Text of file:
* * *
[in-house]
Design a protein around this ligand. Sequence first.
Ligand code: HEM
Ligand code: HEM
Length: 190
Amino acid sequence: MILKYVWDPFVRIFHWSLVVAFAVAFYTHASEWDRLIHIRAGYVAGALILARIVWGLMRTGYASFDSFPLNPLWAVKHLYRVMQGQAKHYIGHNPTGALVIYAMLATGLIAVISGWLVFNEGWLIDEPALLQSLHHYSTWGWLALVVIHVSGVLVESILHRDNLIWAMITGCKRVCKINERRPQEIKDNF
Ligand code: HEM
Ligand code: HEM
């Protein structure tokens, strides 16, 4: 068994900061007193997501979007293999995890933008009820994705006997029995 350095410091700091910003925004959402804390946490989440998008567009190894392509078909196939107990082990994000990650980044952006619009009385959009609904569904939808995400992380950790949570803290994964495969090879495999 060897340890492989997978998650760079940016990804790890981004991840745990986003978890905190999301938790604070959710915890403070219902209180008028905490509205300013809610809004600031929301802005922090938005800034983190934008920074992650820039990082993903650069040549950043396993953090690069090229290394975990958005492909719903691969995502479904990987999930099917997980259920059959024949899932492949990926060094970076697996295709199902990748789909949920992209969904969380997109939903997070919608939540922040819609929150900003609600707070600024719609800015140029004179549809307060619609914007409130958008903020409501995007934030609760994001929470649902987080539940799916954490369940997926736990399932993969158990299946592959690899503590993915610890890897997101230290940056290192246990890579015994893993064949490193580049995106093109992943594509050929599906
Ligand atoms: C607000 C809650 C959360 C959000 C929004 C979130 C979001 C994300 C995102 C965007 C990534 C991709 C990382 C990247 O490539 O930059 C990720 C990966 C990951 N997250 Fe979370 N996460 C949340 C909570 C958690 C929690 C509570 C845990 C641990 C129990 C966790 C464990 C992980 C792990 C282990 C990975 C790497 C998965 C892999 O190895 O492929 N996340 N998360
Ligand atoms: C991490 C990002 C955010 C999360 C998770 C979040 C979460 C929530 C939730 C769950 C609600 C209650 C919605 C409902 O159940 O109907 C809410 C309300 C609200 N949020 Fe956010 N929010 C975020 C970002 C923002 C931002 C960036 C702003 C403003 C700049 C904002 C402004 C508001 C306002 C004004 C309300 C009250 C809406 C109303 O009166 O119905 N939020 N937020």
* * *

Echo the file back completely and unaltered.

[in-house]
Design a protein around this ligand. Sequence first.
Ligand code: HEM
Ligand code: HEM
Length: 190
Amino acid sequence: MILKYVWDPFVRIFHWSLVVAFAVAFYTHASEWDRLIHIRAGYVAGALILARIVWGLMRTGYASFDSFPLNPLWAVKHLYRVMQGQAKHYIGHNPTGALVIYAMLATGLIAVISGWLVFNEGWLIDEPALLQSLHHYSTWGWLALVVIHVSGVLVESILHRDNLIWAMITGCKRVCKINERRPQEIKDNF
Ligand code: HEM
Ligand code: HEM
């Protein structure tokens, strides 16, 4: 068994900061007193997501979007293999995890933008009820994705006997029995 350095410091700091910003925004959402804390946490989440998008567009190894392509078909196939107990082990994000990650980044952006619009009385959009609904569904939808995400992380950790949570803290994964495969090879495999 060897340890492989997978998650760079940016990804790890981004991840745990986003978890905190999301938790604070959710915890403070219902209180008028905490509205300013809610809004600031929301802005922090938005800034983190934008920074992650820039990082993903650069040549950043396993953090690069090229290394975990958005492909719903691969995502479904990987999930099917997980259920059959024949899932492949990926060094970076697996295709199902990748789909949920992209969904969380997109939903997070919608939540922040819609929150900003609600707070600024719609800015140029004179549809307060619609914007409130958008903020409501995007934030609760994001929470649902987080539940799916954490369940997926736990399932993969158990299946592959690899503590993915610890890897997101230290940056290192246990890579015994893993064949490193580049995106093109992943594509050929599906
Ligand atoms: C607000 C809650 C959360 C959000 C929004 C979130 C979001 C994300 C995102 C965007 C990534 C991709 C990382 C990247 O490539 O930059 C990720 C990966 C990951 N997250 Fe979370 N996460 C949340 C909570 C958690 C929690 C509570 C845990 C641990 C129990 C966790 C464990 C992980 C792990 C282990 C990975 C790497 C998965 C892999 O190895 O492929 N996340 N998360
Ligand atoms: C991490 C990002 C955010 C999360 C998770 C979040 C979460 C929530 C939730 C769950 C609600 C209650 C919605 C409902 O159940 O109907 C809410 C309300 C609200 N949020 Fe956010 N929010 C975020 C970002 C923002 C931002 C960036 C702003 C403003 C700049 C904002 C402004 C508001 C306002 C004004 C309300 C009250 C809406 C109303 O009166 O119905 N939020 N937020």